If you don’t think large groups of random people are capable of collaborating on more complex tasks, go ahead and check out the sort of things people managed to complete on Reddit’s Place - a blank 1000x1000 pixels canvas, on which each user could fill one pixel with one color every several minutes. Examples of works completed include flags and coats of arms of various countries, portraits and… well… the Mona Lisa.

When it comes to utilizing goods and services, millennials also have a significantly different approach. Instead of paying for owning an item, they are more inclined to pay for being able to access it whenever it becomes necessary. For example, car sharing is significantly cheaper and more convenient than ownership. You can rent a compact car, drive it to the apartment you are moving out of, leave the car, rent a pickup truck, load most of your things and go back. Or take an autonomous, self-driving car to work. Or come back home by one after having a few drinks at a pub with friends.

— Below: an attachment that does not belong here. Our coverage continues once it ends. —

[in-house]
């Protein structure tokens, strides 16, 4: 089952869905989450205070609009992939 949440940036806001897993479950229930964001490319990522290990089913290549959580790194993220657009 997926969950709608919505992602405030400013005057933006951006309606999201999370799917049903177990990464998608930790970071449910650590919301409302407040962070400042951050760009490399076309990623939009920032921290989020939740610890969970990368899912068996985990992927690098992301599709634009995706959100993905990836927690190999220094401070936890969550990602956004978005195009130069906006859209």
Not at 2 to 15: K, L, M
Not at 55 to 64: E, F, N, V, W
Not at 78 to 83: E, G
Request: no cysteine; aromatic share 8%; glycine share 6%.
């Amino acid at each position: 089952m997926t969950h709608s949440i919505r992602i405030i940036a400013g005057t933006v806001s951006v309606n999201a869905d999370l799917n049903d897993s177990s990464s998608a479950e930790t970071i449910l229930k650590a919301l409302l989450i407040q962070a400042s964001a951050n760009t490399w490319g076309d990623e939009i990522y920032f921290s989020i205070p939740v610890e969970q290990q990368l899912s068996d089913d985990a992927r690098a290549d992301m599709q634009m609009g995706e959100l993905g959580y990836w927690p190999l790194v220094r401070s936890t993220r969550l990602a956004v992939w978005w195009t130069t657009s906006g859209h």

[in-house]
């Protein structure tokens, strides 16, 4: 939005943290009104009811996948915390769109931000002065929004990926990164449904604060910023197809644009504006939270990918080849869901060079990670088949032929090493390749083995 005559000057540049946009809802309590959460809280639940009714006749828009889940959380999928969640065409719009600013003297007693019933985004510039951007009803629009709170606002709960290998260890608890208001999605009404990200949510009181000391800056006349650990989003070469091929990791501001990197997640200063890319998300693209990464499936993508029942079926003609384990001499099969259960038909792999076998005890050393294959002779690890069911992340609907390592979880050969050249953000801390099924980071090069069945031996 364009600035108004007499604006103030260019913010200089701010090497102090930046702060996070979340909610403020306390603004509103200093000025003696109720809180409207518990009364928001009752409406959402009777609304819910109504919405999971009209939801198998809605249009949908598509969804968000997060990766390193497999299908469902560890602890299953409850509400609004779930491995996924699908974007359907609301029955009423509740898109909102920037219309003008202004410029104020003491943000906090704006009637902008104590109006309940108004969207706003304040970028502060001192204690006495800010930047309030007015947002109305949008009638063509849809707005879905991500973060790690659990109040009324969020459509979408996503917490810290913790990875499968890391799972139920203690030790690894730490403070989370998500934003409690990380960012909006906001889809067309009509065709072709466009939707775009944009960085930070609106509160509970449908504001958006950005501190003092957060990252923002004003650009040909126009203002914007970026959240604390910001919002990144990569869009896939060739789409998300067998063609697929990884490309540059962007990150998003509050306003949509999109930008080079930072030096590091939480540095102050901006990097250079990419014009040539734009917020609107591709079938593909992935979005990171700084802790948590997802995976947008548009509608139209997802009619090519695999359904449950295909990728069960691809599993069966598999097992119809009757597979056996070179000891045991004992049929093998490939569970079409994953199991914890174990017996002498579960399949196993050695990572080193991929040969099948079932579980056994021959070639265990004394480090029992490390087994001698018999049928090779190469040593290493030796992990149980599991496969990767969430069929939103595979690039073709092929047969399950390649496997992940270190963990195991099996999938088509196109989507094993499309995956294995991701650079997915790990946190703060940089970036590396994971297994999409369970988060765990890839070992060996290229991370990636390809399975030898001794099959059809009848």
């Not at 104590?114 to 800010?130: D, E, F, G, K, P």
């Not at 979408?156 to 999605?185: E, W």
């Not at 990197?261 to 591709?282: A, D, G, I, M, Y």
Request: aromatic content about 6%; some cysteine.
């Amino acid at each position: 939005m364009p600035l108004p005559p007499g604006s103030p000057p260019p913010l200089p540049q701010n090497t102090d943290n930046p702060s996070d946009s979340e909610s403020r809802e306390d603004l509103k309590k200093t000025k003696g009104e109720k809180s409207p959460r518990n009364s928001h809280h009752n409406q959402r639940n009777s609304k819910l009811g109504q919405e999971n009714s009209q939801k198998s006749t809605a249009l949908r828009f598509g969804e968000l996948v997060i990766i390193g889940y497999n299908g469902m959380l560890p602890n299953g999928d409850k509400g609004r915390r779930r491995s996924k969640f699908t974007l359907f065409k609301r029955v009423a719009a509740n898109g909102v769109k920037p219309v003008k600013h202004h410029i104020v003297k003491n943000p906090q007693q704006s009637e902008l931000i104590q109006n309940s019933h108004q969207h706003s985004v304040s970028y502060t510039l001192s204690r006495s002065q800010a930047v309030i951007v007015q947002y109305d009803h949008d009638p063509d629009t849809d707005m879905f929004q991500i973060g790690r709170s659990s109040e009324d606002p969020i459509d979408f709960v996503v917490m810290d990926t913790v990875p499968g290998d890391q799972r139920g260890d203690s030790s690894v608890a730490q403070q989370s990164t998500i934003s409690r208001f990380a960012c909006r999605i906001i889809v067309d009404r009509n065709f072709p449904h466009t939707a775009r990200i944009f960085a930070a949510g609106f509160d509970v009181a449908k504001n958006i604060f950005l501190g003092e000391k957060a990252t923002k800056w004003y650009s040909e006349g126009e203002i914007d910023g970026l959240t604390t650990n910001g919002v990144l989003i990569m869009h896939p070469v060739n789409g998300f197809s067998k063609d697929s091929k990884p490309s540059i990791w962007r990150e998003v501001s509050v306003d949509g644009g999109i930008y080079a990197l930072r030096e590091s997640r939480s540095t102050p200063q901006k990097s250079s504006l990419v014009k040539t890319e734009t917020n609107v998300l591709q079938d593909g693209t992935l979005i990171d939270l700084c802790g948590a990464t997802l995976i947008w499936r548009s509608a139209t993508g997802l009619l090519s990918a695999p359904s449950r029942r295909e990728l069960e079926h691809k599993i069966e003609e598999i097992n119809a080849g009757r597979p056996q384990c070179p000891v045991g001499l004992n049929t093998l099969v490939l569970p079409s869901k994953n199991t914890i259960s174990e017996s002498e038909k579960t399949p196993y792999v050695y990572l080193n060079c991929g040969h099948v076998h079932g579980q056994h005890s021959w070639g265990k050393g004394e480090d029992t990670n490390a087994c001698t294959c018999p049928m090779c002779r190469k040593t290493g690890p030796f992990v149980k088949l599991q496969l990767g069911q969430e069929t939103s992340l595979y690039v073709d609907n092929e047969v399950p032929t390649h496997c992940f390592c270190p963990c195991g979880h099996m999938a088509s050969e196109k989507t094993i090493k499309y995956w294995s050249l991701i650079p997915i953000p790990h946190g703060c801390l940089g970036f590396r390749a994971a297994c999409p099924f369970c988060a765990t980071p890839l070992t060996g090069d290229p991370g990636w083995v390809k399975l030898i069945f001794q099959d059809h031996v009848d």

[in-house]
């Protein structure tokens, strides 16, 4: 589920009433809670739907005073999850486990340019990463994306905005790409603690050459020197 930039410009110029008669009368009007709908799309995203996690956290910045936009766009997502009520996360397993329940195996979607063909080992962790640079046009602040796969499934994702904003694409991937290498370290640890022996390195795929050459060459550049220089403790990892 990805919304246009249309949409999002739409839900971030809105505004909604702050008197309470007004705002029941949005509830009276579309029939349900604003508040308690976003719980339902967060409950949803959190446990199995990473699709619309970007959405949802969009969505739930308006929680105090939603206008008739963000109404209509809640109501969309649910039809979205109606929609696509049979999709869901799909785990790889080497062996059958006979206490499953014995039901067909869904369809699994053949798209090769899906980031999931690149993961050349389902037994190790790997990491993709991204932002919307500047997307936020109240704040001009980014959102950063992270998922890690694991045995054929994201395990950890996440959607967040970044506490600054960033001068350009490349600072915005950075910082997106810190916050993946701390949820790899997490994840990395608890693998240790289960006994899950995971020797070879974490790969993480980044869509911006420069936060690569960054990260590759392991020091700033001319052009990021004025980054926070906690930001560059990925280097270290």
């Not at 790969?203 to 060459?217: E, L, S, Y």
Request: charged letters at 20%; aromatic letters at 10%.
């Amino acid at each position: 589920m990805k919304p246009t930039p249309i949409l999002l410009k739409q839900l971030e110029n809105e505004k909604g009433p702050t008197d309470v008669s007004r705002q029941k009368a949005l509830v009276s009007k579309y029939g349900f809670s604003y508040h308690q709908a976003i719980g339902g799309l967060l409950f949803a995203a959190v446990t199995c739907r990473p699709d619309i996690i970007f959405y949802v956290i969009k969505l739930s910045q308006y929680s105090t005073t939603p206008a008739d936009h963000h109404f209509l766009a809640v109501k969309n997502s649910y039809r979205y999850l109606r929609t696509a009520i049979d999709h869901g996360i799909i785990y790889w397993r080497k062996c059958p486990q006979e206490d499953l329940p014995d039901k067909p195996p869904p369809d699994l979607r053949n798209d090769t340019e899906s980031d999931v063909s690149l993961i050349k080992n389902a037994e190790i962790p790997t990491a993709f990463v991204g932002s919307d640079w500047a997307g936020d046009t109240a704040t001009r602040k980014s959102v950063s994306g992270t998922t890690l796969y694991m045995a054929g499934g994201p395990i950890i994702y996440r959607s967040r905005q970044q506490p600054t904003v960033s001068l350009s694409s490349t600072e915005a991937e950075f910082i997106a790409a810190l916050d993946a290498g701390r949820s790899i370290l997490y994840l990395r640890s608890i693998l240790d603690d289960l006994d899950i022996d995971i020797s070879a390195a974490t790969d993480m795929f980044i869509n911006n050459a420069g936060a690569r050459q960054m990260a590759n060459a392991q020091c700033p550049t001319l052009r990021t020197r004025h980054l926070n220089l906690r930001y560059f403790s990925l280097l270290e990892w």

Clothes are similar in this regard - it is difficult to have an outfit for each occasion, so you get what you need when you need it. Businesses can either charge a one-time rent fee depending on how long the item is in the user’s hands, or roll out a subscription-based model which gives you access to an unlimited amount of outfits to choose from for a given period.

Regardless of the strategy you choose to get their attention, it is crucial to realise that as businesses develop, so do customers - and these changes don’t always go in the direction we are prepared for. It is our responsibility to adapt to their needs if we want to keep growing. People today have different possibilities and different approach to business and technology than several years ago, not to mention several decades.